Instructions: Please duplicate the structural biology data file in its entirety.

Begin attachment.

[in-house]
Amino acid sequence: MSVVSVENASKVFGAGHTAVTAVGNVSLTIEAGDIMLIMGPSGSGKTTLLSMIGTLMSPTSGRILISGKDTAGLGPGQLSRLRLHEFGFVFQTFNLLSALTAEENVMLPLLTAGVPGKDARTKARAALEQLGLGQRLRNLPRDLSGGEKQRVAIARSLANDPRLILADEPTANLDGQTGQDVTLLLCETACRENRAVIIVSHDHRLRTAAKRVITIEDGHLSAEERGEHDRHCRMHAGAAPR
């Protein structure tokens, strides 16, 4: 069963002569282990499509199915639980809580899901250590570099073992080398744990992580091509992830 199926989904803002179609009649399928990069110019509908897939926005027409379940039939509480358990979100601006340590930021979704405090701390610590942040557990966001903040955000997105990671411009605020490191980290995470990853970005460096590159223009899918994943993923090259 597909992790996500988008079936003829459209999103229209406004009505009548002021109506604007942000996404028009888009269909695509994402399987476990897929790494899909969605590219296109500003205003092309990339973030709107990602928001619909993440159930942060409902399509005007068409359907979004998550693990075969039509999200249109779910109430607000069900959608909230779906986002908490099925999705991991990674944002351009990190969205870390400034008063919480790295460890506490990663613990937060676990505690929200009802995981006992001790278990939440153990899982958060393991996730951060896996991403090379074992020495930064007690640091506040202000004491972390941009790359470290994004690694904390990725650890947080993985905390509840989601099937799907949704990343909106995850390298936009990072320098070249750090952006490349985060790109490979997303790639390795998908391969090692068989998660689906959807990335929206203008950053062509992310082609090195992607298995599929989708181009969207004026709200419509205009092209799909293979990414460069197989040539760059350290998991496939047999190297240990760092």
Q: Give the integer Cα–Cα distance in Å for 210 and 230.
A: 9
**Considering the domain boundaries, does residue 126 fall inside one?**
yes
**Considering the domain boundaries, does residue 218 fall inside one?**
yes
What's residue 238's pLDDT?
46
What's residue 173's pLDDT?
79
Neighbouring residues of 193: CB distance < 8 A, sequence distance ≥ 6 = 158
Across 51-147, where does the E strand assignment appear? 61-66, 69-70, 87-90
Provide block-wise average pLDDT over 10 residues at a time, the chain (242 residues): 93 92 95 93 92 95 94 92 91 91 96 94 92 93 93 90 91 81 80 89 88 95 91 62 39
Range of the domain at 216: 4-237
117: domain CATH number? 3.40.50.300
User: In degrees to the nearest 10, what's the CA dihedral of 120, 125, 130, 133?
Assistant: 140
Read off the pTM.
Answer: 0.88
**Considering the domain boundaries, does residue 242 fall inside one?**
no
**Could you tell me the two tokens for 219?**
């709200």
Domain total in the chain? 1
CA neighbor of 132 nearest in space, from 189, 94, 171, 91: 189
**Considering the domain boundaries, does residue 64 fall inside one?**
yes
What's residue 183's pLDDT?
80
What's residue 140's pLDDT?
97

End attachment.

[in-house]
Amino acid sequence: MSVVSVENASKVFGAGHTAVTAVGNVSLTIEAGDIMLIMGPSGSGKTTLLSMIGTLMSPTSGRILISGKDTAGLGPGQLSRLRLHEFGFVFQTFNLLSALTAEENVMLPLLTAGVPGKDARTKARAALEQLGLGQRLRNLPRDLSGGEKQRVAIARSLANDPRLILADEPTANLDGQTGQDVTLLLCETACRENRAVIIVSHDHRLRTAAKRVITIEDGHLSAEERGEHDRHCRMHAGAAPR
């Protein structure tokens, strides 16, 4: 069963002569282990499509199915639980809580899901250590570099073992080398744990992580091509992830 199926989904803002179609009649399928990069110019509908897939926005027409379940039939509480358990979100601006340590930021979704405090701390610590942040557990966001903040955000997105990671411009605020490191980290995470990853970005460096590159223009899918994943993923090259 597909992790996500988008079936003829459209999103229209406004009505009548002021109506604007942000996404028009888009269909695509994402399987476990897929790494899909969605590219296109500003205003092309990339973030709107990602928001619909993440159930942060409902399509005007068409359907979004998550693990075969039509999200249109779910109430607000069900959608909230779906986002908490099925999705991991990674944002351009990190969205870390400034008063919480790295460890506490990663613990937060676990505690929200009802995981006992001790278990939440153990899982958060393991996730951060896996991403090379074992020495930064007690640091506040202000004491972390941009790359470290994004690694904390990725650890947080993985905390509840989601099937799907949704990343909106995850390298936009990072320098070249750090952006490349985060790109490979997303790639390795998908391969090692068989998660689906959807990335929206203008950053062509992310082609090195992607298995599929989708181009969207004026709200419509205009092209799909293979990414460069197989040539760059350290998991496939047999190297240990760092």
Q: Give the integer Cα–Cα distance in Å for 210 and 230.
A: 9
**Considering the domain boundaries, does residue 126 fall inside one?**
yes
**Considering the domain boundaries, does residue 218 fall inside one?**
yes
What's residue 238's pLDDT?
46
What's residue 173's pLDDT?
79
Neighbouring residues of 193: CB distance < 8 A, sequence distance ≥ 6 = 158
Across 51-147, where does the E strand assignment appear? 61-66, 69-70, 87-90
Provide block-wise average pLDDT over 10 residues at a time, the chain (242 residues): 93 92 95 93 92 95 94 92 91 91 96 94 92 93 93 90 91 81 80 89 88 95 91 62 39
Range of the domain at 216: 4-237
117: domain CATH number? 3.40.50.300
User: In degrees to the nearest 10, what's the CA dihedral of 120, 125, 130, 133?
Assistant: 140
Read off the pTM.
Answer: 0.88
**Considering the domain boundaries, does residue 242 fall inside one?**
no
**Could you tell me the two tokens for 219?**
């709200």
Domain total in the chain? 1
CA neighbor of 132 nearest in space, from 189, 94, 171, 91: 189
**Considering the domain boundaries, does residue 64 fall inside one?**
yes
What's residue 183's pLDDT?
80
What's residue 140's pLDDT?
97